WILMINGTON, NC (WWAY) — A gypsum board plant that has stood dormant for almost ten years is coming back to life.
National Gypsum CEO Tom Nelson was in Wilmington Tuesday morning to announce the return of his company to the Cape Fear. The company plans to spend $25 million over the next five years to upgrade existing machinery and install new equipment.
Twenty-year National Gypsum employee Lance Davis was chosen to be the manager of the Wilmington plant. He says the plant will be up and running very soon.
“It’s really short time; 10/26 is the date,” Davis said. “I’m just thankful that we had this press conference today, because now the gag order is off, and I can talk to people around town about getting some things done.”
The company says they’re trying to reach out to the Wilmington plant’s former employees first.
“I think one of the reasons I got picked, I’m pretty good at picking teams and I’m a people guy so I’ll be on the floor a lot with the people,” Davis said.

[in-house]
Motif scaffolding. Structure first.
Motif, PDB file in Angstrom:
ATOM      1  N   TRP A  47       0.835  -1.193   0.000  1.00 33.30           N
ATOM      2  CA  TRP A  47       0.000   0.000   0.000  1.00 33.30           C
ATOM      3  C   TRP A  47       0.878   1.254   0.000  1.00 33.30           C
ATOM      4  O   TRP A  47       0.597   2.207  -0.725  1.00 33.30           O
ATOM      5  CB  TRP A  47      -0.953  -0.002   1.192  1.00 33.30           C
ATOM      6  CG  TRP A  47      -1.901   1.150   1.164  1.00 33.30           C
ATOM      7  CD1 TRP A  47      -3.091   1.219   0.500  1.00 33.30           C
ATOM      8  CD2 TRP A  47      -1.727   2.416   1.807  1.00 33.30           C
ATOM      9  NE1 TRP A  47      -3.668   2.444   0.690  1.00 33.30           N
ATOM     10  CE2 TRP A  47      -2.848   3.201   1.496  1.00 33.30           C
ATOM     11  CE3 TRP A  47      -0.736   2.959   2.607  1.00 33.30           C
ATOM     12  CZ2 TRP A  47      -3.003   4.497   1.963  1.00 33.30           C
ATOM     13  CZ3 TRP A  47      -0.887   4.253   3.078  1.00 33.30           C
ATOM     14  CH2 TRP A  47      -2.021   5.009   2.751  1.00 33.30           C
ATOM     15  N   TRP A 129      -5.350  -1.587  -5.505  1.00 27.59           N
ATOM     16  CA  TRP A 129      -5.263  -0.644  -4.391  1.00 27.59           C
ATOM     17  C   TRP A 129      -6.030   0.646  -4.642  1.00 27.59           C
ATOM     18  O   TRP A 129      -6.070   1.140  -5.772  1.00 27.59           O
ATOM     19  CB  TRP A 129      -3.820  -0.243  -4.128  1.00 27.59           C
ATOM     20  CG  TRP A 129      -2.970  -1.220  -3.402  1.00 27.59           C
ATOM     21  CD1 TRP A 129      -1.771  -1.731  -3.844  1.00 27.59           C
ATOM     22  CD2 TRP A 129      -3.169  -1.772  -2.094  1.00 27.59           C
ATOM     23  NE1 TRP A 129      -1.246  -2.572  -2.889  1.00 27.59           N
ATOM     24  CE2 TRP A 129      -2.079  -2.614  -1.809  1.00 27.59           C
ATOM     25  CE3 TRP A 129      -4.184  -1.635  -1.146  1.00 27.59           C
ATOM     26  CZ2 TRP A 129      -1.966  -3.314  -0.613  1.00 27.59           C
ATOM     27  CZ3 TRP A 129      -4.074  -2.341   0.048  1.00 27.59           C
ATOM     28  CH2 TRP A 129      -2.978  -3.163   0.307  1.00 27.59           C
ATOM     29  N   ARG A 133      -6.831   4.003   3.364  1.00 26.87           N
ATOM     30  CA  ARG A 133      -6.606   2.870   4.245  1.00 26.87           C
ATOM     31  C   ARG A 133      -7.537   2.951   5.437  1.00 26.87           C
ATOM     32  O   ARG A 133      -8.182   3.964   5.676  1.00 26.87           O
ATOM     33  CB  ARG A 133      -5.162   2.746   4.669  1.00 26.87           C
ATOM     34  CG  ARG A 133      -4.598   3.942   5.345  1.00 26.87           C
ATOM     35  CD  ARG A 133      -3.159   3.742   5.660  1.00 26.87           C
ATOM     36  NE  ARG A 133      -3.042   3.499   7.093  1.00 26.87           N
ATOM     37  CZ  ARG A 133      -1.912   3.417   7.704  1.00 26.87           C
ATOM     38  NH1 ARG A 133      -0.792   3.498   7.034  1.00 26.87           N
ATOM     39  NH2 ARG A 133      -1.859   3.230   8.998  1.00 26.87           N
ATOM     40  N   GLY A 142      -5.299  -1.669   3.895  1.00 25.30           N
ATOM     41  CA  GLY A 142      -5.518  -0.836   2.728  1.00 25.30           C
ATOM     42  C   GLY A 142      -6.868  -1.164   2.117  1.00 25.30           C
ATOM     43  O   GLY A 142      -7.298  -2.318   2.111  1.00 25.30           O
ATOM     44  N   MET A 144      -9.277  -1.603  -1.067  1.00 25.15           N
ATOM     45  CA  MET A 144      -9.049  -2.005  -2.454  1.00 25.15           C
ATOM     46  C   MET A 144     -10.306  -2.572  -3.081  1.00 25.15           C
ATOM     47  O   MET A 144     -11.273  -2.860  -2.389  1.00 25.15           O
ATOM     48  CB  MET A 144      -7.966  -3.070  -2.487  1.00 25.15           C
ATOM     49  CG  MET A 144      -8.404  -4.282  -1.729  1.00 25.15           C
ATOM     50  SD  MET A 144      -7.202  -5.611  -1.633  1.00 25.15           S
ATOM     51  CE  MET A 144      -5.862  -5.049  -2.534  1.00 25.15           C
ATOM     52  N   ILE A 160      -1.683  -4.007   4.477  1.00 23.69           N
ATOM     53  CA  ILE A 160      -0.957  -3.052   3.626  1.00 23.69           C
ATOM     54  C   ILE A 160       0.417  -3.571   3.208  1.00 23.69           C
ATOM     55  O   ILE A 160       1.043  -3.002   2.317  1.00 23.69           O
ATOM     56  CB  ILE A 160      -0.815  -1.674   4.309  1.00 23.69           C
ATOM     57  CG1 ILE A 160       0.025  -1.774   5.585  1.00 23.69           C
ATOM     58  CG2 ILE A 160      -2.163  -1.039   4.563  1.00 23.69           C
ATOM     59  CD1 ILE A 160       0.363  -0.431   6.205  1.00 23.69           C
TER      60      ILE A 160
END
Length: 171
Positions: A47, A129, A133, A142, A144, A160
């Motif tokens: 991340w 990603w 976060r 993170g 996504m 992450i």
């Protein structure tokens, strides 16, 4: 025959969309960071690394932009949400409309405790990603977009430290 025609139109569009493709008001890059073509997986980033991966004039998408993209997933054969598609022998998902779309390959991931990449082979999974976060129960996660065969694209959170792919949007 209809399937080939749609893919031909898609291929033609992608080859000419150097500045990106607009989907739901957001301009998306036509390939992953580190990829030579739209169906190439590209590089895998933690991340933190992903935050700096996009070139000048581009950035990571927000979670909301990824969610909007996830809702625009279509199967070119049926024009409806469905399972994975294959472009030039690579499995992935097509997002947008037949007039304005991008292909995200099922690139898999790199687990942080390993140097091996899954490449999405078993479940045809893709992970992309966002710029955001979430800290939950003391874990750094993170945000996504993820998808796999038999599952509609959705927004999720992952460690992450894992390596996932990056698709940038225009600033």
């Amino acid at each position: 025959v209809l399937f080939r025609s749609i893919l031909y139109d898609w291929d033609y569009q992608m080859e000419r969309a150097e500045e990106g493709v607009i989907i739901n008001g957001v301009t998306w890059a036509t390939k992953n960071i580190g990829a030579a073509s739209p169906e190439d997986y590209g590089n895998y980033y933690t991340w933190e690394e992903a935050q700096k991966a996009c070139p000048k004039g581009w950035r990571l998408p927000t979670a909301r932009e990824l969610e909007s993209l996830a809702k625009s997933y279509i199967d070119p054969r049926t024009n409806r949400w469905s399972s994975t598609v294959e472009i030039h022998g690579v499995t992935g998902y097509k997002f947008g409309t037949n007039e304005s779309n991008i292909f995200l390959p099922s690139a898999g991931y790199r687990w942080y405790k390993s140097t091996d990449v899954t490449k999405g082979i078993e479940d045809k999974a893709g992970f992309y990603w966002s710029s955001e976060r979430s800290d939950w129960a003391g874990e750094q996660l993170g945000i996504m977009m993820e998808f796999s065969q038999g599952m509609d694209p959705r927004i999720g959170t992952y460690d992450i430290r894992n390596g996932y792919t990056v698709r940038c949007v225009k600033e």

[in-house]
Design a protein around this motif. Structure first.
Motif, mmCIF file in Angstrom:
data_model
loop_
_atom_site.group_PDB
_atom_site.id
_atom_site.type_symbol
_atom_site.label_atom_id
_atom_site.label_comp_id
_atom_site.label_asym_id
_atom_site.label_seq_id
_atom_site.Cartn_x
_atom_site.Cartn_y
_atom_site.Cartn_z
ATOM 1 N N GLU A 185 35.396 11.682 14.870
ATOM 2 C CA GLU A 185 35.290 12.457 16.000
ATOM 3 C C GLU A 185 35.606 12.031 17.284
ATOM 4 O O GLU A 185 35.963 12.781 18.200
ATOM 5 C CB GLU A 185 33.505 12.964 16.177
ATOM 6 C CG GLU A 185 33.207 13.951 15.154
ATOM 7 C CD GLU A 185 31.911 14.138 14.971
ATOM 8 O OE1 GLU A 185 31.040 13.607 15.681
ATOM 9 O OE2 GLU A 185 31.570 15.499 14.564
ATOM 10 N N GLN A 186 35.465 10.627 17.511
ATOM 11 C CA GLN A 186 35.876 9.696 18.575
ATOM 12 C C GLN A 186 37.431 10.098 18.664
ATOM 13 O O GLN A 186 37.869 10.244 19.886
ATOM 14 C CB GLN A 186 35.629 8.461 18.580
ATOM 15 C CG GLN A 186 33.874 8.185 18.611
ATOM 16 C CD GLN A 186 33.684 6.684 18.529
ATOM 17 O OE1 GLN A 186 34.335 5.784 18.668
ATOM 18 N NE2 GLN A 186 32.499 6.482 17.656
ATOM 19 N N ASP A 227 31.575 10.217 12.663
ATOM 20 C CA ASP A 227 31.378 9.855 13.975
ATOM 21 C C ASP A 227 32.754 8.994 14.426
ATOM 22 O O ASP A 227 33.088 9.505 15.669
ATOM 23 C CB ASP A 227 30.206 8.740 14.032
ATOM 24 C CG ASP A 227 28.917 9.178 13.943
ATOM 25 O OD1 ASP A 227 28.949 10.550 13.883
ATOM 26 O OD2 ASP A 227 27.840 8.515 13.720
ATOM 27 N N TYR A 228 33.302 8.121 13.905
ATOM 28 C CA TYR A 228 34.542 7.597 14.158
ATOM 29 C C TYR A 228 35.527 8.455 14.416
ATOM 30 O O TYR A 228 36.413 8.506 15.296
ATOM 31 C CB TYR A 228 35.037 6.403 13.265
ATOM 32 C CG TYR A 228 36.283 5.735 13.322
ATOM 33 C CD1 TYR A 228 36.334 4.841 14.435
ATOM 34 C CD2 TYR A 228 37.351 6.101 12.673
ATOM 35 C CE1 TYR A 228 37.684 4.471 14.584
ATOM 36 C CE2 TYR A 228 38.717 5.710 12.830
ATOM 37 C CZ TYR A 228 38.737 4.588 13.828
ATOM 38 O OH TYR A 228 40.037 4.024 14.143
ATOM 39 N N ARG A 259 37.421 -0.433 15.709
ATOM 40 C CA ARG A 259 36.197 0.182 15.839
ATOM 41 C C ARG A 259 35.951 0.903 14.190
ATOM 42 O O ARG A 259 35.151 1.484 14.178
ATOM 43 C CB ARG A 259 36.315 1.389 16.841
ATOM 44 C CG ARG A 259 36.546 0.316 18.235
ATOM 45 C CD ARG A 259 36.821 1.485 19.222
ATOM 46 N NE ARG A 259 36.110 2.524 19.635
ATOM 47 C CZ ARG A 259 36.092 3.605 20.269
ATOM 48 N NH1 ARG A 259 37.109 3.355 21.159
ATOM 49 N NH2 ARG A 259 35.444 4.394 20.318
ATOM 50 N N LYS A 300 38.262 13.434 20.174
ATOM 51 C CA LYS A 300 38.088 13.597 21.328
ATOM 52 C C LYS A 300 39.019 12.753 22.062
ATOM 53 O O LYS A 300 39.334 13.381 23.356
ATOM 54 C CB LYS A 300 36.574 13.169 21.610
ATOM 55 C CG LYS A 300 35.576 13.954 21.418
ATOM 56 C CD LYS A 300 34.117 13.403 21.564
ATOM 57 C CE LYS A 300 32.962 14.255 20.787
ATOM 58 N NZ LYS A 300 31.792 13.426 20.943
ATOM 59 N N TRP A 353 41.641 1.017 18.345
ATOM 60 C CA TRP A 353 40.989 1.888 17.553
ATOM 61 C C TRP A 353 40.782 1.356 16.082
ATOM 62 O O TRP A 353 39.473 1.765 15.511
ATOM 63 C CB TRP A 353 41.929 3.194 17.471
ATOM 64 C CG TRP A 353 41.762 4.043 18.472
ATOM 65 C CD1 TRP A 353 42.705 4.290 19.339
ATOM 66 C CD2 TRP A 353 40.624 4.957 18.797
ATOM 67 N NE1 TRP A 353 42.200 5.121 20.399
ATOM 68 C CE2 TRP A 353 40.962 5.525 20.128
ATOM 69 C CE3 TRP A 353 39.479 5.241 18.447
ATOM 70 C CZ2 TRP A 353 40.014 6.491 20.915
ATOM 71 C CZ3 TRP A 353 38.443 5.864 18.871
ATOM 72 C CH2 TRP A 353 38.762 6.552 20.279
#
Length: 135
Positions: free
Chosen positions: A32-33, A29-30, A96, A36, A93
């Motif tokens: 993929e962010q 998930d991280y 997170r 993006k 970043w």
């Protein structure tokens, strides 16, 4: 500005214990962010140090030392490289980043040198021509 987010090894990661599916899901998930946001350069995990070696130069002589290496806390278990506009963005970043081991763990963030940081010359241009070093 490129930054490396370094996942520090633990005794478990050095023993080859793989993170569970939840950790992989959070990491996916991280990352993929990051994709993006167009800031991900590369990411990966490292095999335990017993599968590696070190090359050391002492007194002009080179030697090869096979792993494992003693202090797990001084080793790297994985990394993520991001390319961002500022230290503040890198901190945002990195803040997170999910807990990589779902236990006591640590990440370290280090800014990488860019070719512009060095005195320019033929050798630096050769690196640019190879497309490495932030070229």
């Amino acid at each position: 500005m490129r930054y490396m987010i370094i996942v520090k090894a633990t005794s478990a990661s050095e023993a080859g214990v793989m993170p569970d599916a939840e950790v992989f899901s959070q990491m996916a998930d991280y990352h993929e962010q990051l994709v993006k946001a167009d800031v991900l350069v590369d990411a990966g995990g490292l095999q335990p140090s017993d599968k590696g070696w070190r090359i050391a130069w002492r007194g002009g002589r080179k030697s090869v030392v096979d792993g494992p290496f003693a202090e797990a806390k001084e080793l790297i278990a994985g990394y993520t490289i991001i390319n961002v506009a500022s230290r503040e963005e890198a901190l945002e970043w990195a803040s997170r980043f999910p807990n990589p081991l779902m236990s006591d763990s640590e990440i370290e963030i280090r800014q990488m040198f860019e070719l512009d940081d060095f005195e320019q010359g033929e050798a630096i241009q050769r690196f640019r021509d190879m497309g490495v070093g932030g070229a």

There was some controversy over formaldehyde emissions the plant could potentially produce.Those concerns were ultimately dismissed, and last month New Hanover County and the City of Wilmington approved incentive money for the company.
“Believe me, I asked a lot of questions as did all the other elected officials here and without missing a beat, we got everything answered from environmental side to regulatory side, etc. The good news of course is a $25 million investment into our community,” New Hanover County Commissioner Rob Zapple said.
As a builder himself, Zapple is happy to see the plant return. It closed in 2009.
“There’s a certain amount of pride to have a good, strong manufacturing base here in New Hanover County. I certainly will be using the product,” Zapple said.
The plant’s reopening will create 51 new jobs that will average a salary of $57,000 per year. The lowest paying job will be for $50,000 annually.